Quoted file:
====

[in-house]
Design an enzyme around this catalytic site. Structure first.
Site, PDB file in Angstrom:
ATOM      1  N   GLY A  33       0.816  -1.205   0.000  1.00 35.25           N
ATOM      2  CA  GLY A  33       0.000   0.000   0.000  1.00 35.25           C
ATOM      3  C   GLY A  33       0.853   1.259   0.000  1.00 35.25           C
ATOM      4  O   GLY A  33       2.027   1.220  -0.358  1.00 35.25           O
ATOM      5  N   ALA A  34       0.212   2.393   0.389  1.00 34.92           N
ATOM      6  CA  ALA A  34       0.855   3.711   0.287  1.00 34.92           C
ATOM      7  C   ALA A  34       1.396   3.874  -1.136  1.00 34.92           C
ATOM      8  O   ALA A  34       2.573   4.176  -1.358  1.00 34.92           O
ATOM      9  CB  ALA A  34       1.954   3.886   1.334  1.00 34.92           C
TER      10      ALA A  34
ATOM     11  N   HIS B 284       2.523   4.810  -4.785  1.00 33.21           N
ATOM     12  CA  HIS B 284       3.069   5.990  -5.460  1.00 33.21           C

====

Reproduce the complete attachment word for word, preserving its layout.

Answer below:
[in-house]
Design an enzyme around this catalytic site. Structure first.
Site, PDB file in Angstrom:
ATOM      1  N   GLY A  33       0.816  -1.205   0.000  1.00 35.25           N
ATOM      2  CA  GLY A  33       0.000   0.000   0.000  1.00 35.25           C
ATOM      3  C   GLY A  33       0.853   1.259   0.000  1.00 35.25           C
ATOM      4  O   GLY A  33       2.027   1.220  -0.358  1.00 35.25           O
ATOM      5  N   ALA A  34       0.212   2.393   0.389  1.00 34.92           N
ATOM      6  CA  ALA A  34       0.855   3.711   0.287  1.00 34.92           C
ATOM      7  C   ALA A  34       1.396   3.874  -1.136  1.00 34.92           C
ATOM      8  O   ALA A  34       2.573   4.176  -1.358  1.00 34.92           O
ATOM      9  CB  ALA A  34       1.954   3.886   1.334  1.00 34.92           C
TER      10      ALA A  34
ATOM     11  N   HIS B 284       2.523   4.810  -4.785  1.00 33.21           N
ATOM     12  CA  HIS B 284       3.069   5.990  -5.460  1.00 33.21           C